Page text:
Loudoun Enters Final Days of Voting

Loudouners are voting now for the next governor, lieutenant governor, Attorney General, seats in the Virginia House of Delegates, along the mayor and town council in Middleburg and Round Hill and a town council seat in Purcellville.

Read about the candidates for House of Delegates and in town elections.

And voters are now entering their last week to cast their ballots in a new Virginia where voting is something that happens over a period of weeks, rather than in one bonanza on the first Tuesday after the first Monday in November.

People in Loudoun have taken advantages of changes in Virginia that made voting easier, with no-excuse absentee and early voting. As of Tuesday morning, Loudoun County Registrar Judy Brown said 22,160 people had voted early in person. And that count doesn’t include the people who are voting by mail.

She said there was even a short line that the morning, with space limited in the registrar’s office in Leesburg but plans to move into a larger space in the future.

The early voting numbers don’t compare to early voting during the pandemic year presidential election in 2020—but are far beyond anything before 2020.

“The thing to keep in mind there is the fact that prior to 2020, we didn’t have no-excuse absentee voting by mail and in person, so that has really I think played a big role in having more people coming out ahead of Election Day to participate,” Brown said. Early voting, it appears, is here to stay, now just part of the way Virginians vote.

Reporting, too, will be slightly different this year. Elections officers expect to be able to release early voting results soon after polls close at 7 p.m. on Nov. 2, and to display results broken up by in-person and mail-in voting.

Ideologies on the Ballot

Candidates for state offices have traded barbs and published ideas about a range of issues, ranging from unions, the minimum wage and attracting businesses, to gun violence, affordable housing and public safety. But as is often the case, the most heated debates have not just been about policy differences.

During a break from canvassing Monday night, Del. Wendy Gooditis (D-10), whose district covers much of southwestern Loudoun, repeated a common frustration especially among Democrats when asked about the biggest issues in this election.

“My question back would be, would you mean the real issues, or the pretend issues?” Gooditis said, pointing to polarizing campaign subjects such as Critical Race Theory, which administrators say is not taught in public schools.

“Is it a referendum on policy if lots of people are being told the wrong things about that policy? So how can it be a referendum on the policy if people are hearing so many lies about it that they don’t know what the actual policy is?” she said.

Democrats have sought to build on the work they’ve done since taking control of both chambers of the General Assembly along with the governor’s mansion as they campaign to hold onto power. They have pointed to Virginia’s lower death rate during the COVID-19 pandemic, expanding healthcare access to more people, expanding voting access, winning acclaim as one of the best states for business, and investments such as putting tens of millions toward expanding broadband, and affordable housing.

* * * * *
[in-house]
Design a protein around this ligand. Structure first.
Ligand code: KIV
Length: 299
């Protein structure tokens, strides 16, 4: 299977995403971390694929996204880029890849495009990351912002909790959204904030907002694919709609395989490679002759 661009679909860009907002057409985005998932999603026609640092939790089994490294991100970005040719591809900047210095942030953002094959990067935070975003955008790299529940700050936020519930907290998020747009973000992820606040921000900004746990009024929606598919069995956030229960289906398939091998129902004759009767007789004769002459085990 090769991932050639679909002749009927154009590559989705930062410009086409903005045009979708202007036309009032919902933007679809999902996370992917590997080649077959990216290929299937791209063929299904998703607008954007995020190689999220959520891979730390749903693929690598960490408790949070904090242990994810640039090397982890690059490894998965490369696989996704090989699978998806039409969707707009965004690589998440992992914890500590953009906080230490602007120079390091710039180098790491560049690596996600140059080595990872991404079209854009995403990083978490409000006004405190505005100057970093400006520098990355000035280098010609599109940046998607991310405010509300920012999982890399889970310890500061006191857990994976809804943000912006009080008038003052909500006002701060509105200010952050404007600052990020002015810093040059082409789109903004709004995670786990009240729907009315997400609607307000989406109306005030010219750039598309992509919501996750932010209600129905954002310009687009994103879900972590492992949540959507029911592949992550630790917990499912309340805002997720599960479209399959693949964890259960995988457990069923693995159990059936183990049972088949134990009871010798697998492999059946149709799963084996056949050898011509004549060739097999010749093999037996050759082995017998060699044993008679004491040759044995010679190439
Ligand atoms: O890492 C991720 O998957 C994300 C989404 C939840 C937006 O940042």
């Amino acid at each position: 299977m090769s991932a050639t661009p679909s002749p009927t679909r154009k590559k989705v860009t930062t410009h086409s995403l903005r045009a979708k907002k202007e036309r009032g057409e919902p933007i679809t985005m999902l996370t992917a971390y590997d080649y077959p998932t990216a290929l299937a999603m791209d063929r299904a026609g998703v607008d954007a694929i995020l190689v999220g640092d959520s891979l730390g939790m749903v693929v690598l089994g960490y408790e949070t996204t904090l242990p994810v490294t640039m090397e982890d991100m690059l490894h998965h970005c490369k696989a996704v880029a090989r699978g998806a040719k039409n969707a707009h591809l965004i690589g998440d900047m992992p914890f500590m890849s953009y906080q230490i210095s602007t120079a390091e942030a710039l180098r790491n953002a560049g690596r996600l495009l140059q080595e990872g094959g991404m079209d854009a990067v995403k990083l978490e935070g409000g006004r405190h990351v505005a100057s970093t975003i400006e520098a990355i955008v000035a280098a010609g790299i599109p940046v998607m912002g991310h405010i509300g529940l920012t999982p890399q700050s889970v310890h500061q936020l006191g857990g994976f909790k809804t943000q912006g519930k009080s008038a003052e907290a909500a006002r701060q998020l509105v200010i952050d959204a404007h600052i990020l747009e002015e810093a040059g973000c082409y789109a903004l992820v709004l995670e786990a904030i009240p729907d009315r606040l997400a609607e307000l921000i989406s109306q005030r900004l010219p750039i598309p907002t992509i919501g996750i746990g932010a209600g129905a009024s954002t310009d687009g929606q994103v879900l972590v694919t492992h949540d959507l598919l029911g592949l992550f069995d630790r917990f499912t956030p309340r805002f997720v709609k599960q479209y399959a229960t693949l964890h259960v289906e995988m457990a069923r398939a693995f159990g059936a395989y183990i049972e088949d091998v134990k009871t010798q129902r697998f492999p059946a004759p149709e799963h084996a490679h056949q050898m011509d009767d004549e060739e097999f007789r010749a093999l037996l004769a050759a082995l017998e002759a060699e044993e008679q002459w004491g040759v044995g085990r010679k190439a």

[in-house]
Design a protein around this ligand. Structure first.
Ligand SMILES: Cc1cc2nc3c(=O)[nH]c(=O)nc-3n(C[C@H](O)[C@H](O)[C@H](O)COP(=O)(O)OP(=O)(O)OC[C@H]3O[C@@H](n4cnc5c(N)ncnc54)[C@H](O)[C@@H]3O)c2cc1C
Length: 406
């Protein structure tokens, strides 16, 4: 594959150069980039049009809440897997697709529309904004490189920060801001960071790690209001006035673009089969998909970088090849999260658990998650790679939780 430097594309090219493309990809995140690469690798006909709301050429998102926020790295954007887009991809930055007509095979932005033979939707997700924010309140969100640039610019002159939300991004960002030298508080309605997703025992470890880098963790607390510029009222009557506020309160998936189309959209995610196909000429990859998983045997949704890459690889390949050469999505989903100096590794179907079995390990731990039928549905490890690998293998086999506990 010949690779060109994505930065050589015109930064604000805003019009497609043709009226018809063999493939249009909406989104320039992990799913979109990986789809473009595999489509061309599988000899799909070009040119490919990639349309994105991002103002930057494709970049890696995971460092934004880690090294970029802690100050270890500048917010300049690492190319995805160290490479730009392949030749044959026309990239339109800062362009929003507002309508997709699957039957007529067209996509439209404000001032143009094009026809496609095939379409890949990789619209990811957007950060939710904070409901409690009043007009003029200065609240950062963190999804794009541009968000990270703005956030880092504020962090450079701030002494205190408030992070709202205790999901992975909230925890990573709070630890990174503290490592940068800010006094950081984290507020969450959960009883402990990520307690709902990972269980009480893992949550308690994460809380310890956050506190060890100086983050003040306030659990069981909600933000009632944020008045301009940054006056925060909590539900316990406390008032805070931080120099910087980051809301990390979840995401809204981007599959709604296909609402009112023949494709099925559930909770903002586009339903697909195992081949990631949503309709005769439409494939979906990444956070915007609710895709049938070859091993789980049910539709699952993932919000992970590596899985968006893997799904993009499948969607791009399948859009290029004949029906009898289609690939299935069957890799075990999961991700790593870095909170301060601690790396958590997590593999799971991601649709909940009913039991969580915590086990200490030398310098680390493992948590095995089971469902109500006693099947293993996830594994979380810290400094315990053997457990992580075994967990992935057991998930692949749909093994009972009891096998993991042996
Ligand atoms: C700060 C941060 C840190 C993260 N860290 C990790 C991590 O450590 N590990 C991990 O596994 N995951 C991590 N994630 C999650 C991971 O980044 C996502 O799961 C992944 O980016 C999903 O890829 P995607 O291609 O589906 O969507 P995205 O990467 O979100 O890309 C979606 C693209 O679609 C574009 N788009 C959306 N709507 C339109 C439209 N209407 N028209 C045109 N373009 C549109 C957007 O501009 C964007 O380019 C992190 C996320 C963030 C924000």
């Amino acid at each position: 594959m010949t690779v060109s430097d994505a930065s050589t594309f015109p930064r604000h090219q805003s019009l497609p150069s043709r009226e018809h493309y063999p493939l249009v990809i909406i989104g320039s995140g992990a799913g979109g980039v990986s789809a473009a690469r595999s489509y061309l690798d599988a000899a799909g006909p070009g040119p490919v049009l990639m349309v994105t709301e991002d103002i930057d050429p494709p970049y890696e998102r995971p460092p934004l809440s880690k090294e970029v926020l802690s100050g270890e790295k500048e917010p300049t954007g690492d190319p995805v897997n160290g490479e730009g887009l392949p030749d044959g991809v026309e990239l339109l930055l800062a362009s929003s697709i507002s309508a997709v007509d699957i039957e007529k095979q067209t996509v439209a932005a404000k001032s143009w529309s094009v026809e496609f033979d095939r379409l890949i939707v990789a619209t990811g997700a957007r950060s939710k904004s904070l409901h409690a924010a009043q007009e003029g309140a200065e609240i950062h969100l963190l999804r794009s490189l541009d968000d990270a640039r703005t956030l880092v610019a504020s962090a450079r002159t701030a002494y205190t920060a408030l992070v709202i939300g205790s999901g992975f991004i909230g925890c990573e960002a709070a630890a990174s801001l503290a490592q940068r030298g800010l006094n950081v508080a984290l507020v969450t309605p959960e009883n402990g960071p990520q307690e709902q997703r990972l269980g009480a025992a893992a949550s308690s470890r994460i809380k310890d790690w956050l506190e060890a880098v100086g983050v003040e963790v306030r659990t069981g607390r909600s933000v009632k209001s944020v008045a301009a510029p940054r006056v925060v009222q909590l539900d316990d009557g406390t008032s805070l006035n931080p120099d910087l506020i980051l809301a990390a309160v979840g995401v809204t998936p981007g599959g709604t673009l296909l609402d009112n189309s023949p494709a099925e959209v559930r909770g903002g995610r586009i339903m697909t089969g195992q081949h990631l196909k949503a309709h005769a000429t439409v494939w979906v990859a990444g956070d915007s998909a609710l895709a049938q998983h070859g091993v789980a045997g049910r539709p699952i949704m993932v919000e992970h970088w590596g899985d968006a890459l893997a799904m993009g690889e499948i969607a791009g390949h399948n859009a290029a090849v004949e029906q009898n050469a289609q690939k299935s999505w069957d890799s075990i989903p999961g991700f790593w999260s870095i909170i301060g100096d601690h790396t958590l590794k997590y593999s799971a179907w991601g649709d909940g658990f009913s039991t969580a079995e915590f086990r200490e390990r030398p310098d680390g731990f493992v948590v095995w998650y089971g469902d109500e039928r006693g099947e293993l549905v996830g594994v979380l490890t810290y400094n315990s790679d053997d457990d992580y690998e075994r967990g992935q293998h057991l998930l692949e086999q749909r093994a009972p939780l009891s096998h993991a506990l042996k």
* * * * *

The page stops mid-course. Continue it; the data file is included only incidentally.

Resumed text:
“For me, Trump’s name isn’t on the ballot, but his ideas are on the ballot, and what he stands for is on the ballot,” said southeastern Loudoun Del. Suhas Subramanyam (D-87). “And Glenn Youngkin said that himself.”

And he warned about flipping the General Assembly red while the COVID-19 pandemic is still going.

“We don’t know what’s going to happen next, but we do know we’ll be ready for it in a Democratic majority. I can’t say the same in a Republican majority,” he said.

Meanwhile Republicans have sought to cast Democratic leadership as both an economic and moral failure, and Loudoun has been at the center of that fight.

“Right now, what’s happening in the schools—and what’s happening statewide in all the schools—they’ve removed mandatory reporting in the schools, they’ve allowed boys to walk into girls’ bathrooms,” Republican candidate Scott Pio told Loudoun Chamber of Commerce members during a delegate forum Oct. 19. He referred to an incident that has kept Loudoun schools in national headlines and School Board meetings a battleground, in which a student sexually assaulted a girl in a girls’ bathroom, was transferred to another school, and assaulted another girl in a classroom. In addition to the failure to protect students, some critics have cited the incident to argue against state-mandated protections for transgender students, although it is not currently clear whether the student identified as transgender.

“I will be pulling my daughter out of the public school system in the next year if this isn’t fixed,” Pio said.

Republican Bob Frizzelle told the same event that the schools are creating new divides among people with their curriculum, and pointed to learning losses during pandemic-era school closures.

“Instead of focusing on that, I think the school districts have tended to focus on the new curriculum that we’ve rolled out, and I just wish that they’d spend more of the discretionary money on fixing a crisis than creating a new society,” Frizzelle said.

And whichever message sways Loudouners in the House of Delegates races, this will be the last chance to run in the districts as they are now—next time around, Loudoun will have new elections districts, and with a growing population, likely more power in Richmond.

State Campaigns Hit Loudoun

With exurban communities like Loudoun key to swinging statewide races, every candidate for statewide office has stopped by Loudoun—including, of course, the one who lives here.

Former governor Terry McAuliffe, who preceded Gov. Ralph Northam in the office is now seeking an unusual second term. The Constitution of Virginia does not permit its chief executive to serve consecutive terms, and it is unusual for a governor in modern history to serve twice—the last to do it was Miles Godwin, whose second term ended in 1978.